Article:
To begin with, in recent years social media endeavors — such as the Geripal blog — have played an important role in enabling geriatricians to connect with media influencers, which has helped the public become more aware of our field and expertise. The more often geriatric expertise is incorporated into the work of health journalists, the better. 
Then there is providing information more directly to the public. Digital platforms are now the primary way that most adults access information and certain forms of support. Older adults use digital media less than younger ones do, but their use of technology and digital communications is increasing rapidly, as noted by Pew. Pew has also found that family caregivers are often “wired for health.” 
As clinicians providing hands-on care, we should be familiar with the most commonly-used resources our patients and their families are using. These are increasingly digital, although the extent to which they are based on social media seems variable. (I find it depends on topic, niche, patient and caregiver population.) 
If an individual clinician is considering social media, I recommend considering the intended purpose and audience. Especially for those clinicians who mainly provide hands-on clinical work, social media may not be very useful to them. (You can network with colleagues at conferences and keep up with medical news via a few choice websites or journals.) 
However, most organizations should have a social media presence, which means some individuals will spend time maintaining that presence. Having a few clinicians participate in this can be nice, but they should be given time and resources to do it, and to keep up with the ever-evolving social media landscape. 
Social media for health and education 
I don’t have time to review the literature on this topic, so instead I’ll share my perspective as someone who has been creating geriatrics content online since 2008.
For educating and communicating out to the general public, I have found that writing longer content is far preferable to tweets, blog comments, or short Facebook posts. Create something that is more than a blip in a person’s attention, and that really tries to address a question or need. (I don’t personally produce videos but those can be great too. I am now going into audio and podcasting.) This content can be produced for one’s own website, or can be guest-posted to a bigger site with a larger audience. Interactive events like webinars with Q&A capability also have good potential.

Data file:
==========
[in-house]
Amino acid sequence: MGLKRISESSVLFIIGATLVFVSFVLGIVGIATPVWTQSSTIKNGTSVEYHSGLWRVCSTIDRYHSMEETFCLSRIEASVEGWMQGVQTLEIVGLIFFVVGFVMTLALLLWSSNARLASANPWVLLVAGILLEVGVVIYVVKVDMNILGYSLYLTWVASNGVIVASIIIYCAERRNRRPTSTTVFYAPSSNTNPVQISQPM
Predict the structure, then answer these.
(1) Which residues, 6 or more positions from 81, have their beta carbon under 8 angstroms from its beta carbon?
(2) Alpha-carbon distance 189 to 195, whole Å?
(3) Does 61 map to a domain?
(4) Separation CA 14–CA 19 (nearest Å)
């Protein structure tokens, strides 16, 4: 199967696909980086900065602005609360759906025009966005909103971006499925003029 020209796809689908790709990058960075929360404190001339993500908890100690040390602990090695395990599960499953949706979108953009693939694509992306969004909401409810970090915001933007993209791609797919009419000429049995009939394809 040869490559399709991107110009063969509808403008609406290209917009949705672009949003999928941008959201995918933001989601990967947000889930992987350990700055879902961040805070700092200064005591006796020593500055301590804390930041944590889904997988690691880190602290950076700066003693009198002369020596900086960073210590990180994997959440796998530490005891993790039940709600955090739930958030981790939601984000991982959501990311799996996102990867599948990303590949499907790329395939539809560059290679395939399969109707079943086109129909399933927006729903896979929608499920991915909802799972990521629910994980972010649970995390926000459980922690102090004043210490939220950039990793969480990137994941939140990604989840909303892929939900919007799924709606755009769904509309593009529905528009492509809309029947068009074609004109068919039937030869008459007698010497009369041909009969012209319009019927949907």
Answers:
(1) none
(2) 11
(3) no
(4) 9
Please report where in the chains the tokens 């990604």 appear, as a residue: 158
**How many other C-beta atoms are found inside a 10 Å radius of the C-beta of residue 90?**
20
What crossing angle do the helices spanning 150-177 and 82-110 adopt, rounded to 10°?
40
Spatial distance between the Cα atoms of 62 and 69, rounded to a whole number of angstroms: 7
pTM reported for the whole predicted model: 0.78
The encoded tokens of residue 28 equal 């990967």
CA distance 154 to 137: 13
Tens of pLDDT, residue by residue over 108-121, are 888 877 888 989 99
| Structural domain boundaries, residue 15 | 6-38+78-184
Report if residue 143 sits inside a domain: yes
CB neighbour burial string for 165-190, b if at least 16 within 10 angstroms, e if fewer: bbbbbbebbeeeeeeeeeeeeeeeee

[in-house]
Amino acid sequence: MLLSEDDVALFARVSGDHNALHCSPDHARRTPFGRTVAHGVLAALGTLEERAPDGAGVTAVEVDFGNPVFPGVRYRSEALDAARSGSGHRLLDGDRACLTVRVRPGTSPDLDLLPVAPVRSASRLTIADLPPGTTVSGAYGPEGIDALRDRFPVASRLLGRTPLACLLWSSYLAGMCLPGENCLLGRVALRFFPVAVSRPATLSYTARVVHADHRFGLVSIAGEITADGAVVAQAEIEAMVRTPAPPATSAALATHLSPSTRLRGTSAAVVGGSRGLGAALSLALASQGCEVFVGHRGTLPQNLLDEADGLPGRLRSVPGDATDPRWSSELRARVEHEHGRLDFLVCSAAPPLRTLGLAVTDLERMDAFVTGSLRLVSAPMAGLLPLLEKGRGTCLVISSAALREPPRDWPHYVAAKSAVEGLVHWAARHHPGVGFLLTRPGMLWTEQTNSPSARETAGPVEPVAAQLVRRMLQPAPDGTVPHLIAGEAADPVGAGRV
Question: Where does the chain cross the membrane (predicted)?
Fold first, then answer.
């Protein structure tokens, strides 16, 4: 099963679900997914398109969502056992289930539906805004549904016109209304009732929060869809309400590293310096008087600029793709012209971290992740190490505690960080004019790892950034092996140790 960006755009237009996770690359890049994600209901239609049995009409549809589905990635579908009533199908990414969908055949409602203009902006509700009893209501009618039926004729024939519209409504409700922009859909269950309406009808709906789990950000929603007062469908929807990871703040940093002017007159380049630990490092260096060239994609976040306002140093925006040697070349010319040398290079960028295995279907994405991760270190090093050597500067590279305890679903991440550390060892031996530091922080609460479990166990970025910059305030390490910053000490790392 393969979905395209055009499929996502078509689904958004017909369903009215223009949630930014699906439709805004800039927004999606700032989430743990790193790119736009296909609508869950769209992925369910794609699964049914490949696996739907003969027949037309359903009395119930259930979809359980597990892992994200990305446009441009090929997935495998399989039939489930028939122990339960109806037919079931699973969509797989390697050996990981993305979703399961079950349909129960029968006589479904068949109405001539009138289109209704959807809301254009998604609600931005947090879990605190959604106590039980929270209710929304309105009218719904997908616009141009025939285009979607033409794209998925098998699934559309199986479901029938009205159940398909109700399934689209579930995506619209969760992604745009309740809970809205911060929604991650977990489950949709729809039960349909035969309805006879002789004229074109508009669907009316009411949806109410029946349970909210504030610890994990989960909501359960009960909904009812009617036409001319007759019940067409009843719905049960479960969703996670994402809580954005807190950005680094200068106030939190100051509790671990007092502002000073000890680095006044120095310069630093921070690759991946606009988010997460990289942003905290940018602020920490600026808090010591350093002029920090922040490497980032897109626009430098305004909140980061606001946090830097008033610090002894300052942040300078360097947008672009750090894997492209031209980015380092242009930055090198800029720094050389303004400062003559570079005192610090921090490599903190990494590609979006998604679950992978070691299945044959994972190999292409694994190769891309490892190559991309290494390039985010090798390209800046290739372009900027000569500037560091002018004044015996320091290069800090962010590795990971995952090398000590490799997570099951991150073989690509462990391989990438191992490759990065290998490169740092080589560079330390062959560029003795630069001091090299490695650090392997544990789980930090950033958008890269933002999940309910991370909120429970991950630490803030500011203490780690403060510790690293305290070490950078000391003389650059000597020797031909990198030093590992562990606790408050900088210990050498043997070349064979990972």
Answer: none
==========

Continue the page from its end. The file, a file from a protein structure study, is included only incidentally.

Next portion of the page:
Otherwise, short-form social media (e.g. Twitter, Facebook) can and should be leveraged for dissemination. Such platforms allow clinicians and their audience to share longer content, or to share the notification of an upcoming event or opportunity. 
For learning from the audience — which essential to being truly helpful and to figuring out how to serve your audience — you need to spend a certain amount of time observing/listening, when it comes to what your audience says, does, and asks. Pay special attention to what they ask each other, and what they ask people who are not you, or not in your particular role. It’s also good to invite questions and participate in interactive events. 
Last suggestions for presenting to clinicians about social media 
Walk them through a process for thinking about their needs, their purpose, and how social media might fit in. 
Don’t conflate the needs/motives of the employer or society with the needs/motives of the individual clinicians. 
Provide education to make it easy for clinicians take the next step, if they’re interested.
Provide case studies and examples illustrating how different clinicians and organizations have used social media to achieve their goals. Tailor those case studies to overlap with what is likely to be the interests and goals of the clinicians you are presenting to. Some will be very interested in raising the brand and visibility of their clinic, but that may not be of interest to many geriatricians.